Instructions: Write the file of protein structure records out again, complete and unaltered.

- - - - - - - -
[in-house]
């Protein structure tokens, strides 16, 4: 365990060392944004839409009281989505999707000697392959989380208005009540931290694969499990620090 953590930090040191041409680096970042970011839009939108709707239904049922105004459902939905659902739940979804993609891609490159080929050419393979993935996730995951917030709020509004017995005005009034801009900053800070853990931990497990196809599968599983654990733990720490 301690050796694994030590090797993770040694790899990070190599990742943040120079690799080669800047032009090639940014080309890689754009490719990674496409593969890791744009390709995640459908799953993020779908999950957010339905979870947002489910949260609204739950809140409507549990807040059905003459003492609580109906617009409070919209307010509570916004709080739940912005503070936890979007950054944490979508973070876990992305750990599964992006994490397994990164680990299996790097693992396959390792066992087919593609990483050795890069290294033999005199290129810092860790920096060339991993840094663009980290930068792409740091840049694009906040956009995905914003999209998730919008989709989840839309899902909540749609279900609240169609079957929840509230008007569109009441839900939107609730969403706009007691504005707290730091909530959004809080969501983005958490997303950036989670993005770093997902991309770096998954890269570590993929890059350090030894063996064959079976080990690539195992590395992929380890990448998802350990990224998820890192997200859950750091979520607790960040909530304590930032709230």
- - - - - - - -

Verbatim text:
[in-house]
């Protein structure tokens, strides 16, 4: 365990060392944004839409009281989505999707000697392959989380208005009540931290694969499990620090 953590930090040191041409680096970042970011839009939108709707239904049922105004459902939905659902739940979804993609891609490159080929050419393979993935996730995951917030709020509004017995005005009034801009900053800070853990931990497990196809599968599983654990733990720490 301690050796694994030590090797993770040694790899990070190599990742943040120079690799080669800047032009090639940014080309890689754009490719990674496409593969890791744009390709995640459908799953993020779908999950957010339905979870947002489910949260609204739950809140409507549990807040059905003459003492609580109906617009409070919209307010509570916004709080739940912005503070936890979007950054944490979508973070876990992305750990599964992006994490397994990164680990299996790097693992396959390792066992087919593609990483050795890069290294033999005199290129810092860790920096060339991993840094663009980290930068792409740091840049694009906040956009995905914003999209998730919008989709989840839309899902909540749609279900609240169609079957929840509230008007569109009441839900939107609730969403706009007691504005707290730091909530959004809080969501983005958490997303950036989670993005770093997902991309770096998954890269570590993929890059350090030894063996064959079976080990690539195992590395992929380890990448998802350990990224998820890192997200859950750091979520607790960040909530304590930032709230």